• Anonymous

Home is Arab love

Among other Arabs, the Iraqi accent is really distinct. In the world, two things come to mind: one is that Iraqis come in all shapes, colors, and sizes. I think we as a collective look the most diverse of any other Arab country. What makes someone Iraqi is not their looks, it's their blood. You can talk to someone, feel their energy, and know if they are Iraqi. The second is a thirst for knowledge. Iraq has always been the intellectual hub of the Middle East and the world. It permeates in Iraqi blood to be curious, to read, to learn more about history, the world, other cultures, other religions, other languages. Iraqis make seeking knowledge a character trait. There's also a friendliness to Iraqis that you don't see in other Arab countries. A fierce loyalty to other Iraqis especially. Every interaction is full of adoration and charm, and there's no question of intentions. We carry a swagger-type-ego similar to that of New Yorkers, but instead of rudeness, it's cool to be sweet, to be kind, and to show affection.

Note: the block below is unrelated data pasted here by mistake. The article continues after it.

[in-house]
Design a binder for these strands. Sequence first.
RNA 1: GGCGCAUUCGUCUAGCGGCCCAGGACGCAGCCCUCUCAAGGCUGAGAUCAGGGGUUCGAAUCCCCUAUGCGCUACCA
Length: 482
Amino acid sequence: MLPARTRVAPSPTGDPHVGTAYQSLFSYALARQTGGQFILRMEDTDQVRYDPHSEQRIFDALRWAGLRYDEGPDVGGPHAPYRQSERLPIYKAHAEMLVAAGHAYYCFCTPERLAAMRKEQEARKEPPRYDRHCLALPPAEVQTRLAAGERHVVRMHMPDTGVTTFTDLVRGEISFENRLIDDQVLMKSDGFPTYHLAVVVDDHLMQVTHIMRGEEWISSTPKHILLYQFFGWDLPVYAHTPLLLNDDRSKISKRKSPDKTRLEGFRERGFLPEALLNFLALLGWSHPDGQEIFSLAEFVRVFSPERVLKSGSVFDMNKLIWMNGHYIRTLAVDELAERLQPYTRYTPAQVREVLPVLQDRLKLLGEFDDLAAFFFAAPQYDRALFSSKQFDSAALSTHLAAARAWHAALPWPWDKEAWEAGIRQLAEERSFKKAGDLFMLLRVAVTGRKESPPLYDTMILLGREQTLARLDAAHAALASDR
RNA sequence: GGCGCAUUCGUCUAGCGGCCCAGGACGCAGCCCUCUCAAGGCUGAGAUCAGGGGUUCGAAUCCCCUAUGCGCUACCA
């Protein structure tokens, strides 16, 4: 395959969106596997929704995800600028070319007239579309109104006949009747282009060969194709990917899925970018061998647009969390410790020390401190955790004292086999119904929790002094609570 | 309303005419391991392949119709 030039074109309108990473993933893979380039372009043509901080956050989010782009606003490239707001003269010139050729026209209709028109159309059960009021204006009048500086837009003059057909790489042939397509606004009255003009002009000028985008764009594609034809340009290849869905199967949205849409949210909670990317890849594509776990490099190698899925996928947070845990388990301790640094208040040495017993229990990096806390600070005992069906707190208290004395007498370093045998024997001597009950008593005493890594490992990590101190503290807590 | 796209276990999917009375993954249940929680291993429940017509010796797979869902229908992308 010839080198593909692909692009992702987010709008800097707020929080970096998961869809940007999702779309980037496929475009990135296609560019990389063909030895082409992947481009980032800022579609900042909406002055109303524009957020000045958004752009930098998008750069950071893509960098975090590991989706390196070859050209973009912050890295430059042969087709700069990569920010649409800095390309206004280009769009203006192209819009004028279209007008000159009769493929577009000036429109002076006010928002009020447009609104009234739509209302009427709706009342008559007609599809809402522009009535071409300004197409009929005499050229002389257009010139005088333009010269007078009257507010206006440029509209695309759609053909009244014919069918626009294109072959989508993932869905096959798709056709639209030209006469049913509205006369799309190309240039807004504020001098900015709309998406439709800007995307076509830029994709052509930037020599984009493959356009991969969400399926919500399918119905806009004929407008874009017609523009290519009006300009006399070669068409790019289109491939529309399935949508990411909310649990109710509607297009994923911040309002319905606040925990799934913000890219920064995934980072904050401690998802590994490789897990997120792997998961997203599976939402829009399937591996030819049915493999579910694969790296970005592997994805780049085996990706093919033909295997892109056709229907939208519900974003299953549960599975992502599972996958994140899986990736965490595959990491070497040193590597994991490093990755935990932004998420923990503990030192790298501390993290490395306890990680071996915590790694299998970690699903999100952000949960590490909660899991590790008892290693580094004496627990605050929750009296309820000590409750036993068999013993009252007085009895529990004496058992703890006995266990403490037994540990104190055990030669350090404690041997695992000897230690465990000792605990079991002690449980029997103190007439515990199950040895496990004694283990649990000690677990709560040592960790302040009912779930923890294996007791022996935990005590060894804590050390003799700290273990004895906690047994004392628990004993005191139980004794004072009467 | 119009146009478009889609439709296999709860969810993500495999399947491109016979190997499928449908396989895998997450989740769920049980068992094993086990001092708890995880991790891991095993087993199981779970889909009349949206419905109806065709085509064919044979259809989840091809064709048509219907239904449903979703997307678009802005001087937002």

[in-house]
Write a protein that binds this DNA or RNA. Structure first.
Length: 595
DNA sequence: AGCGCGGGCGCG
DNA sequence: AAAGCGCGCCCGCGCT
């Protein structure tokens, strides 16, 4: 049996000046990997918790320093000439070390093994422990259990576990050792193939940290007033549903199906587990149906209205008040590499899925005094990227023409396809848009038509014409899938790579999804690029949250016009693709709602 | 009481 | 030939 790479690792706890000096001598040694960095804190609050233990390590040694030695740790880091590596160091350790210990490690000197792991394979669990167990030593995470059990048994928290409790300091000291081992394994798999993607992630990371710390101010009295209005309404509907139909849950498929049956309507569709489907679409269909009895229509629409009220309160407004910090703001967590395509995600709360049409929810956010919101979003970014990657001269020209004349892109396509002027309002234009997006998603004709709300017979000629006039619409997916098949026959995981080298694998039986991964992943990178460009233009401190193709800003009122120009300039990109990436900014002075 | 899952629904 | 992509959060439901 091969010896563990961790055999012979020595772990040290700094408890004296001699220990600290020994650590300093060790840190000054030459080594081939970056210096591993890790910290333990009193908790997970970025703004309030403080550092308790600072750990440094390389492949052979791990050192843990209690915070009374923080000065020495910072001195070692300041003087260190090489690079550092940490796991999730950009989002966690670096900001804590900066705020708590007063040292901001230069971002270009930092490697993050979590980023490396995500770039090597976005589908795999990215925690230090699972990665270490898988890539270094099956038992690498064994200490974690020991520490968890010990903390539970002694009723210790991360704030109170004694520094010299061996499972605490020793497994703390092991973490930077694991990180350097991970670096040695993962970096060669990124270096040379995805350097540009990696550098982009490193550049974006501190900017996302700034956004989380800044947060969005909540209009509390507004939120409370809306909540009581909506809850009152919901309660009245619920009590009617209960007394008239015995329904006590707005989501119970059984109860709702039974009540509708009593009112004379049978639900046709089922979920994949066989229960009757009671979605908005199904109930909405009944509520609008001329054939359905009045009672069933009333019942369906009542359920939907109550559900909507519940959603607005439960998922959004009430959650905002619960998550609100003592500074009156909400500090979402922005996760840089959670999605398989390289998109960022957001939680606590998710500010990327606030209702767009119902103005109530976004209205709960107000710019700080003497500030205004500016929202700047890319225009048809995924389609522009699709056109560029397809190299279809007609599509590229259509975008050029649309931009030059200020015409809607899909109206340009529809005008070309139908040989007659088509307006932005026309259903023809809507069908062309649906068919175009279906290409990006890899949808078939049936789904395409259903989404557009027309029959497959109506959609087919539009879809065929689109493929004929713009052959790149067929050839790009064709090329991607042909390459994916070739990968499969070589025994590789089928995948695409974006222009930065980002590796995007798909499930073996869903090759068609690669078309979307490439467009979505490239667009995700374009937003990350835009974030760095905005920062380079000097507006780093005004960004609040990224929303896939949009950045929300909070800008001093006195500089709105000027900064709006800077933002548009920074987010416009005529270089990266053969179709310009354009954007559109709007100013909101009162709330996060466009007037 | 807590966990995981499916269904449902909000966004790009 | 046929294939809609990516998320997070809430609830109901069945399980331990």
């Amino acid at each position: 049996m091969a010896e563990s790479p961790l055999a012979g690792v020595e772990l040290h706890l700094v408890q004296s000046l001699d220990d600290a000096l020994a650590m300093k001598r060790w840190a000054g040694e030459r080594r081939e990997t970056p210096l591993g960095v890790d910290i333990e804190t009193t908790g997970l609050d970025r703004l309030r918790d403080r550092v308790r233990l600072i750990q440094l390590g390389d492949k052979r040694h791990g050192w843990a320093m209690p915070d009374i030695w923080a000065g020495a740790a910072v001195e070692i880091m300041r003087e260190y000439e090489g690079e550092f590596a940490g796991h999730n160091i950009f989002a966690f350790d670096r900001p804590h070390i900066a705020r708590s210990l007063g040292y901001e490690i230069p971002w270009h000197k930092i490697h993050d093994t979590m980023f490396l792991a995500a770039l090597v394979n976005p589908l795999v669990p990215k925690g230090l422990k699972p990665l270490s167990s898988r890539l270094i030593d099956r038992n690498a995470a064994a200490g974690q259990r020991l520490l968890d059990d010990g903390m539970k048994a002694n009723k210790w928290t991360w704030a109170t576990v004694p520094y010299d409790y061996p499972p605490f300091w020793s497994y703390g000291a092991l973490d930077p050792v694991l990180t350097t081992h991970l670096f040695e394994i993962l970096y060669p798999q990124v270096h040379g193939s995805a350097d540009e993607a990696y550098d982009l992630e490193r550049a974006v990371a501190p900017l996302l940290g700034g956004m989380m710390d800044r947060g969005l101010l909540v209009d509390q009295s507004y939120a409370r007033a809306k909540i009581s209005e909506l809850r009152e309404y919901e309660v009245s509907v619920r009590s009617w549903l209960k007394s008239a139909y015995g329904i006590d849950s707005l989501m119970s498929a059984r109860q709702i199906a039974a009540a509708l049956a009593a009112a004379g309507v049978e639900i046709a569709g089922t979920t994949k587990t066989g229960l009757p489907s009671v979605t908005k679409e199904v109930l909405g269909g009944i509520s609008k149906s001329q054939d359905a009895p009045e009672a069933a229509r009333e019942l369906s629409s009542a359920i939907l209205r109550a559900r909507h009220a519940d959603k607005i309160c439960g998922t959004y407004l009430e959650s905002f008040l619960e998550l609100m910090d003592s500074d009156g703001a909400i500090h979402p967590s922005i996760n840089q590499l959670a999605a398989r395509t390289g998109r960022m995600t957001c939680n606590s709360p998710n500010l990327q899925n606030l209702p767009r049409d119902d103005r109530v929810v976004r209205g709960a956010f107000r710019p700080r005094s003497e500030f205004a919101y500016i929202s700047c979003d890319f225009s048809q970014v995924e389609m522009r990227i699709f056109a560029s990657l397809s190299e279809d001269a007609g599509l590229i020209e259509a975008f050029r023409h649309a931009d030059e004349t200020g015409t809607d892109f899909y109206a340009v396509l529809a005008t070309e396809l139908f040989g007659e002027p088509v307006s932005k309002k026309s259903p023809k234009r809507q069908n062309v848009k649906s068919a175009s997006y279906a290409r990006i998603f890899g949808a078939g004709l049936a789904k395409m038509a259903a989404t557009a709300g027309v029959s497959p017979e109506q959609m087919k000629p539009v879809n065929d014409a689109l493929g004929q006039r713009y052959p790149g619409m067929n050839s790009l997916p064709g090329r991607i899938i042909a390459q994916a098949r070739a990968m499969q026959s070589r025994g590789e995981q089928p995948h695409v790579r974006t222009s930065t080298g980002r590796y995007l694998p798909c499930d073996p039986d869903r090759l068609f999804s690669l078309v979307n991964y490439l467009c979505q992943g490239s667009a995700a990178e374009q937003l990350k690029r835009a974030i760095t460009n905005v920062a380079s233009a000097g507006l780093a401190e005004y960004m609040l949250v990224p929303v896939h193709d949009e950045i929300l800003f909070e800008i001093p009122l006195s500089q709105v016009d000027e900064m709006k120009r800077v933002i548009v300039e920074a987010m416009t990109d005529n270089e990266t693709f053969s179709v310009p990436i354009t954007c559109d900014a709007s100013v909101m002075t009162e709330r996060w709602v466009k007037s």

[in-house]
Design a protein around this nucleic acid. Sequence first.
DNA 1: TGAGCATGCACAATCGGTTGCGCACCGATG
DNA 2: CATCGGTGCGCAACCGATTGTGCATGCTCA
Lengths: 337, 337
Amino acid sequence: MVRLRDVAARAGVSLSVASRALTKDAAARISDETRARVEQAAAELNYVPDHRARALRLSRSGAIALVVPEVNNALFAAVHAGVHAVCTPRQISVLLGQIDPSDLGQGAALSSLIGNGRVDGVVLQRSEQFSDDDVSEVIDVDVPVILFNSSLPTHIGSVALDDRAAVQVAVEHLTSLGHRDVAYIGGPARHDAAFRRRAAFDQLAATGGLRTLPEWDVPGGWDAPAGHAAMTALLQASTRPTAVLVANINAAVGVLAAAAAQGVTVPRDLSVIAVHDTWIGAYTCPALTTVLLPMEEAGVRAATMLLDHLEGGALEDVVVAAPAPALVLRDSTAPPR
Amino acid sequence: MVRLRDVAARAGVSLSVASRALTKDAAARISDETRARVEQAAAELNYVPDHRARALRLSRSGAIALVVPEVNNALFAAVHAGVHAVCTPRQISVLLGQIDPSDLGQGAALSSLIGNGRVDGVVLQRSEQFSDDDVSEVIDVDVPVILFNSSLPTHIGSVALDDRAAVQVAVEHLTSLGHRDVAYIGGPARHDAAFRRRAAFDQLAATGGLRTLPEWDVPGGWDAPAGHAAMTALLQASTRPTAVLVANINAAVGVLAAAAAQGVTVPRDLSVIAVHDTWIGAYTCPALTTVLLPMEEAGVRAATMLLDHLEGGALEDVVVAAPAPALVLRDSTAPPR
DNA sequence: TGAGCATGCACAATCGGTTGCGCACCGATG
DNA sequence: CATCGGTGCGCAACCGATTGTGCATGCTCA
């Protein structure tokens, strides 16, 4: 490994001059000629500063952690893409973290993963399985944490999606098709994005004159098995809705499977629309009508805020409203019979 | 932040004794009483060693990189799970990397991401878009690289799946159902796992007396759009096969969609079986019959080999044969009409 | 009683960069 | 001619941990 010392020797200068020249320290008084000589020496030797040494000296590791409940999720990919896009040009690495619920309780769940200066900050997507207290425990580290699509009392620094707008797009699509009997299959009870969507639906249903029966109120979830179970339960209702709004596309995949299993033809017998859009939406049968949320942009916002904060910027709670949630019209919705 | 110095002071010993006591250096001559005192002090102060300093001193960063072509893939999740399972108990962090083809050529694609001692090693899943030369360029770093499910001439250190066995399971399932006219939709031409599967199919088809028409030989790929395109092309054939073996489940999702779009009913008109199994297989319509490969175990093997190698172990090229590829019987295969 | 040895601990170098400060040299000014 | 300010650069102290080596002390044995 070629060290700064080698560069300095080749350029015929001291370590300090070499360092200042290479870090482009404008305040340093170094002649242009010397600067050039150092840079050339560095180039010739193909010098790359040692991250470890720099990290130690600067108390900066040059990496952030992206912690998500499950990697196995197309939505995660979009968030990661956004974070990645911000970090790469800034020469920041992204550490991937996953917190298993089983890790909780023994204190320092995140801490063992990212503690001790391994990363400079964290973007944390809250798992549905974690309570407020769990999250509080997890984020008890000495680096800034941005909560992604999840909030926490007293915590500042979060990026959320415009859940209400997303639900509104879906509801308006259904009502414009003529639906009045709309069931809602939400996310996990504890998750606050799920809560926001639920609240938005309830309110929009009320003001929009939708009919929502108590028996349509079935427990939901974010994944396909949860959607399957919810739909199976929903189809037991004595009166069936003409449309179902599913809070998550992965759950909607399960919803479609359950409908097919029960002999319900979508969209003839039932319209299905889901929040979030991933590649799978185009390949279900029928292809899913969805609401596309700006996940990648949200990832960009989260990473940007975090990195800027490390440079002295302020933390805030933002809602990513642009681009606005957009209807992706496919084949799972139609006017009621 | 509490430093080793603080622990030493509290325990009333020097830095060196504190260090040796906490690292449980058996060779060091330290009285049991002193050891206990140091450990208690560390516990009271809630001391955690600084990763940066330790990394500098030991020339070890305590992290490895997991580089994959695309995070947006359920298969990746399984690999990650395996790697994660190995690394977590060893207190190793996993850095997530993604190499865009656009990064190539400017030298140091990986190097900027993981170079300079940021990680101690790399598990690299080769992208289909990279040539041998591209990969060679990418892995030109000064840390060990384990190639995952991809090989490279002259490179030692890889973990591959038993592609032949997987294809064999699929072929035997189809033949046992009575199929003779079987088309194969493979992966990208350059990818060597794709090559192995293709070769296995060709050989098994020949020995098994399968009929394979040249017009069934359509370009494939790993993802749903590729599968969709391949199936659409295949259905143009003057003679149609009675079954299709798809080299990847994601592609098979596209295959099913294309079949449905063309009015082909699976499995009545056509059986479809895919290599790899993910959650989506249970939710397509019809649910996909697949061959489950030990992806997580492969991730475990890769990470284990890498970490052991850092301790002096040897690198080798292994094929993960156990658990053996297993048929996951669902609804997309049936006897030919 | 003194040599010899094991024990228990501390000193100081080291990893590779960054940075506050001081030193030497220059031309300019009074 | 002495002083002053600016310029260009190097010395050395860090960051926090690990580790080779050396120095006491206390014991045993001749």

Home is being around others who know that I have Iraqi blood before I even introduce myself. Home is a place where no one questions my identity. Home smells like incense and sounds like a live body of water. Home is a place where intimacy, hugs, kisses, physical touch as a form of affection, is normal, expected, and appreciated. Home is Arab love.


Recent Posts

See All

Home is the opposite of alienation.

I define my identity by my educational background, my political positions, that I’m a parent and that I can’t go back to the country of my childhood. Home is the opposite of alienation. It’s warm and

Home is ever-changing

I think in many ways, as someone with Jewish Iraqi heritage, I would describe my identity as featuring many dislocations, which I think many other Mizrahi/Sephardic Jews from the Arab world face. We k

Home is Palestine

The definition of an Arab, from my understanding, is one who speaks Arabic. And although it is not my mother tongue (in fact, my Arabic language skills are quite minimal), I consider myself an Arab. I